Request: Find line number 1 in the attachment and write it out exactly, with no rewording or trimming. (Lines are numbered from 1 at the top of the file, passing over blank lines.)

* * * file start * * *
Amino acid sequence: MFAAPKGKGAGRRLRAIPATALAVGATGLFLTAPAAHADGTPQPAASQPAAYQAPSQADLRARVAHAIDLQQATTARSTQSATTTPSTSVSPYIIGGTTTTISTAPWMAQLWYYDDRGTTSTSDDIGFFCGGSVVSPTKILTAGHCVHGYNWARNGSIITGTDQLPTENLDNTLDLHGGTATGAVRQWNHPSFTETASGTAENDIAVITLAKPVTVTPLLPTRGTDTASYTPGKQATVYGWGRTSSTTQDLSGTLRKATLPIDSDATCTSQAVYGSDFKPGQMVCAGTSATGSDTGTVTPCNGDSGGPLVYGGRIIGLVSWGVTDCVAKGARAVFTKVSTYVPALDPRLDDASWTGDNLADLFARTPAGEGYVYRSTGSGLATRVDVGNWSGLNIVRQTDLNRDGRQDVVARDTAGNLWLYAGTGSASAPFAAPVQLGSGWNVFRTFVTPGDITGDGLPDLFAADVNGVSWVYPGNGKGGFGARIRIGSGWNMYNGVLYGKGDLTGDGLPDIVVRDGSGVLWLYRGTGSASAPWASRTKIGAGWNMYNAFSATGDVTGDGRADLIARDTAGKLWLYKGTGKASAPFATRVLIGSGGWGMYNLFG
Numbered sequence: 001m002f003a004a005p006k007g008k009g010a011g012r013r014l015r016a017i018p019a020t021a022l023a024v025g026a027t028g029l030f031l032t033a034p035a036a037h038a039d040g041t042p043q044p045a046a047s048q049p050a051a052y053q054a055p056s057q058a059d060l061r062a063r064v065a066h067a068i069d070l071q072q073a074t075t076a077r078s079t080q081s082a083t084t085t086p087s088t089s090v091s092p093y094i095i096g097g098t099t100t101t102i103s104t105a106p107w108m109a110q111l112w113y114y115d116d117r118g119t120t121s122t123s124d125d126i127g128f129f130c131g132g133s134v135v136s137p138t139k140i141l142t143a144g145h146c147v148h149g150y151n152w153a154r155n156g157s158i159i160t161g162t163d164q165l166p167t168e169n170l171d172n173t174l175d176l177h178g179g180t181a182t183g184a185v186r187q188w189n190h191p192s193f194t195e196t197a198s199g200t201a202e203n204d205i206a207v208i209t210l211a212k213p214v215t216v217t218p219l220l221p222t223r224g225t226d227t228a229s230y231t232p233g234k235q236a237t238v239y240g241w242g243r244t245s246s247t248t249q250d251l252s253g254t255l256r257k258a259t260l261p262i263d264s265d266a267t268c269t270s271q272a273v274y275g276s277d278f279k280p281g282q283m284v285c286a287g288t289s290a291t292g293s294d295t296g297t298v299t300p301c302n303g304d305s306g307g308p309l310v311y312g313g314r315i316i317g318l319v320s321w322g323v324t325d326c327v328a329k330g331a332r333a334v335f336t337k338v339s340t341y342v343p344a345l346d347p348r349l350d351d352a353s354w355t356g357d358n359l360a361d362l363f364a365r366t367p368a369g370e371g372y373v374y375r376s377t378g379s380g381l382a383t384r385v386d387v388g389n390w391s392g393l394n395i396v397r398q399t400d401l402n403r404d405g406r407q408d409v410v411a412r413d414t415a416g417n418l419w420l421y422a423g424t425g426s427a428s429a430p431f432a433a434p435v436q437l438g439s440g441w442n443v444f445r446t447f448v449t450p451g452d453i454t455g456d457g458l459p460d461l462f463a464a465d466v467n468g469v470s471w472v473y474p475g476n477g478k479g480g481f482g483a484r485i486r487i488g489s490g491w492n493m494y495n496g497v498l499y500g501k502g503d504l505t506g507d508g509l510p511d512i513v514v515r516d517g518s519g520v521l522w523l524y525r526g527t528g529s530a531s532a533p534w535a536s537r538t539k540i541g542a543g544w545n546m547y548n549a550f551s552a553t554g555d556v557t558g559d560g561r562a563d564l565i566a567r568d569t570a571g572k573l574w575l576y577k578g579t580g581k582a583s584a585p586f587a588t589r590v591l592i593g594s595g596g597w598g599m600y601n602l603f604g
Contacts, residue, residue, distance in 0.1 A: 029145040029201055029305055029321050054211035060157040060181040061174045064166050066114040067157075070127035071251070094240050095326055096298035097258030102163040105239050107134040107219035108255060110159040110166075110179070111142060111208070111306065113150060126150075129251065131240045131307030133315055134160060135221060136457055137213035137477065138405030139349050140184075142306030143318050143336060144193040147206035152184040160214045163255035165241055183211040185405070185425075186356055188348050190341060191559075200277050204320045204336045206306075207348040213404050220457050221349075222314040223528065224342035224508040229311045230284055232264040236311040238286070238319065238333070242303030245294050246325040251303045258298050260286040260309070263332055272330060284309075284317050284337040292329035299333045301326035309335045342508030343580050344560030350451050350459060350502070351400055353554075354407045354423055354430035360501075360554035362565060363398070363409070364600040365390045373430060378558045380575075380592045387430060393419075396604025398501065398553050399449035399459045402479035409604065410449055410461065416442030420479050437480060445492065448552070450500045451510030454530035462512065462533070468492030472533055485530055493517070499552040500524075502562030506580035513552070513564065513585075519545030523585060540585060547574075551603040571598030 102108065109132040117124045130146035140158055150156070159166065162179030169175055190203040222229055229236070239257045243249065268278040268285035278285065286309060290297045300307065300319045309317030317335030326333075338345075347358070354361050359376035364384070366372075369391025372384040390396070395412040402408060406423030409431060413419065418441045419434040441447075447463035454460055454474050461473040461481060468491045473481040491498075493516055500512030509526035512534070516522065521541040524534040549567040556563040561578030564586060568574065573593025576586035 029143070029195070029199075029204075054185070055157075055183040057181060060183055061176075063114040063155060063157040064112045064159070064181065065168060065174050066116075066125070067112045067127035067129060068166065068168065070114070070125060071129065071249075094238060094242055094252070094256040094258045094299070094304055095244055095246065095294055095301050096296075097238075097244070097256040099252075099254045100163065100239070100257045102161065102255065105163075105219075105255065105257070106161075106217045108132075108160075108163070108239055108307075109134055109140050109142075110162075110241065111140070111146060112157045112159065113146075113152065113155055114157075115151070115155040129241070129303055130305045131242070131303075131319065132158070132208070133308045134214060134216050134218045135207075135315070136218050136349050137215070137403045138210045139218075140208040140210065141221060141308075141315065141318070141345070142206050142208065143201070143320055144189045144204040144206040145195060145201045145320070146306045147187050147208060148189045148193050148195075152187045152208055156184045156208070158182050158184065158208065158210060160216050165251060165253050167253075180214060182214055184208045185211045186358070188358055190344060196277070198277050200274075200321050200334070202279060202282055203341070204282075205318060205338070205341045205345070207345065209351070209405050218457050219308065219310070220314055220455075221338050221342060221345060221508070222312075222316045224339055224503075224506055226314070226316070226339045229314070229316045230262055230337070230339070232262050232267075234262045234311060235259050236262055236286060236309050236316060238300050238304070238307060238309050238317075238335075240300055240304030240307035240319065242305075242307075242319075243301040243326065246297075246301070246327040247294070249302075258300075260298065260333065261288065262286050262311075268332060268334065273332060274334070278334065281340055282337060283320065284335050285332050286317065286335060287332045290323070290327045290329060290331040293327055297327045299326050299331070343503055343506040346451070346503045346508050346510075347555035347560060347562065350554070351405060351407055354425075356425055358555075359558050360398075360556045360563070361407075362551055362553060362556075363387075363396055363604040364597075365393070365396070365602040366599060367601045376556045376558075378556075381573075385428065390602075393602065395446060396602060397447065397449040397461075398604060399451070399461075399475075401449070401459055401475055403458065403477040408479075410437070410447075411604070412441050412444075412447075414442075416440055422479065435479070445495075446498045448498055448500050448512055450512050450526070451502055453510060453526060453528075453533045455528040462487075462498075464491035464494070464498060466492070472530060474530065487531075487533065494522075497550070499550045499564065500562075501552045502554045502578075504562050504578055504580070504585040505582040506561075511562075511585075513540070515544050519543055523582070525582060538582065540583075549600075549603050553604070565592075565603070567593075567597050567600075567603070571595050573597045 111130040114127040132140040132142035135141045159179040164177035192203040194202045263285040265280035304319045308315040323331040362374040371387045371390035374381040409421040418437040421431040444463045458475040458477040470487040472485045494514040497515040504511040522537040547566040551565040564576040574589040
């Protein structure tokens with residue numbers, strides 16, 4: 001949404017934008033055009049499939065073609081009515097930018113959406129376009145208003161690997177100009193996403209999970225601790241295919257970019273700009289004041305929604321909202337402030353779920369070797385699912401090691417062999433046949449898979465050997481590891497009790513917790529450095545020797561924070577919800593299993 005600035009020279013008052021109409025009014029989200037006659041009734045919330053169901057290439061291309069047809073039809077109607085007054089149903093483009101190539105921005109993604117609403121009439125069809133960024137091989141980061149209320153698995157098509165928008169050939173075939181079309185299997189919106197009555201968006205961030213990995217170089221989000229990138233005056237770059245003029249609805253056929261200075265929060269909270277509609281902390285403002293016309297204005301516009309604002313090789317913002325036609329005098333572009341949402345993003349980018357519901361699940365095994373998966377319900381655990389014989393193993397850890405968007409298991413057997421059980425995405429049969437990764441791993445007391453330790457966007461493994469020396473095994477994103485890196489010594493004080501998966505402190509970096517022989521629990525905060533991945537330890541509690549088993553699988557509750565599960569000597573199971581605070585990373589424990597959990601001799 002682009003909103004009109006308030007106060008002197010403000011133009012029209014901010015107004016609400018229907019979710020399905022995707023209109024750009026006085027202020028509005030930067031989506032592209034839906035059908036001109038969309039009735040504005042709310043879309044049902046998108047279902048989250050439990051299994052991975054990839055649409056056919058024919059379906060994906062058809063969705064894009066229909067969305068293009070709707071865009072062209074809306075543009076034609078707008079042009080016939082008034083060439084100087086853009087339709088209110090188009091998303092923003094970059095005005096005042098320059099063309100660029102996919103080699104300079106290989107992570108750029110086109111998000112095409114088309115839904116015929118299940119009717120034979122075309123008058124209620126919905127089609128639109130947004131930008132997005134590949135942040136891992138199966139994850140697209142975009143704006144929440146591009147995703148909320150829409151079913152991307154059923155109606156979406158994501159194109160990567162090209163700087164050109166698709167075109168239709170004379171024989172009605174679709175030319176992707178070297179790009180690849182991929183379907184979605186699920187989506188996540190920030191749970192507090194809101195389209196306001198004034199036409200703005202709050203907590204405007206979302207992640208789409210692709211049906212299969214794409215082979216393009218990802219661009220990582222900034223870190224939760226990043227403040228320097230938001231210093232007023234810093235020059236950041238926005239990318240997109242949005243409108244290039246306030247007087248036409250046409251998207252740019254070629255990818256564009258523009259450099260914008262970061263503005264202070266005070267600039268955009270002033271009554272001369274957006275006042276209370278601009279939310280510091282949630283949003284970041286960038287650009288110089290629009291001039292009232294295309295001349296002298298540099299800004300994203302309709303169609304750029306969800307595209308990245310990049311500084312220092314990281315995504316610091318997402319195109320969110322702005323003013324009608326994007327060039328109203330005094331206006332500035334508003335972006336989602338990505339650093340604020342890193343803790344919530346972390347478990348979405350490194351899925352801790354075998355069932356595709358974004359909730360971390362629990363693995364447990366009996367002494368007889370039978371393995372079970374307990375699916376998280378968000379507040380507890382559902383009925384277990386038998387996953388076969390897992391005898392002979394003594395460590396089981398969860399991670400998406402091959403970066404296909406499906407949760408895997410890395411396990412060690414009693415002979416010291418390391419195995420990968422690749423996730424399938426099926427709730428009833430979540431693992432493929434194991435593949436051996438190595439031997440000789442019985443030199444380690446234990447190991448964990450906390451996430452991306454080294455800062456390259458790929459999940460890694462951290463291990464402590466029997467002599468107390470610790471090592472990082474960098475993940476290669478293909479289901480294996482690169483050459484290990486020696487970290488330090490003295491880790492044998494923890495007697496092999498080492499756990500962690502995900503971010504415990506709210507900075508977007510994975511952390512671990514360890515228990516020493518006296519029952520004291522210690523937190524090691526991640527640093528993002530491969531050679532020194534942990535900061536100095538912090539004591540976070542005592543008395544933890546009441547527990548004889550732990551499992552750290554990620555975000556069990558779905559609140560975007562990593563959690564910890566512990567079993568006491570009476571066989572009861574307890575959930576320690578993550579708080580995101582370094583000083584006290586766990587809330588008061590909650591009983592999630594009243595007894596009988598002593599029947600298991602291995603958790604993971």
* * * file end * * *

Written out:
Amino acid sequence: MFAAPKGKGAGRRLRAIPATALAVGATGLFLTAPAAHADGTPQPAASQPAAYQAPSQADLRARVAHAIDLQQATTARSTQSATTTPSTSVSPYIIGGTTTTISTAPWMAQLWYYDDRGTTSTSDDIGFFCGGSVVSPTKILTAGHCVHGYNWARNGSIITGTDQLPTENLDNTLDLHGGTATGAVRQWNHPSFTETASGTAENDIAVITLAKPVTVTPLLPTRGTDTASYTPGKQATVYGWGRTSSTTQDLSGTLRKATLPIDSDATCTSQAVYGSDFKPGQMVCAGTSATGSDTGTVTPCNGDSGGPLVYGGRIIGLVSWGVTDCVAKGARAVFTKVSTYVPALDPRLDDASWTGDNLADLFARTPAGEGYVYRSTGSGLATRVDVGNWSGLNIVRQTDLNRDGRQDVVARDTAGNLWLYAGTGSASAPFAAPVQLGSGWNVFRTFVTPGDITGDGLPDLFAADVNGVSWVYPGNGKGGFGARIRIGSGWNMYNGVLYGKGDLTGDGLPDIVVRDGSGVLWLYRGTGSASAPWASRTKIGAGWNMYNAFSATGDVTGDGRADLIARDTAGKLWLYKGTGKASAPFATRVLIGSGGWGMYNLFG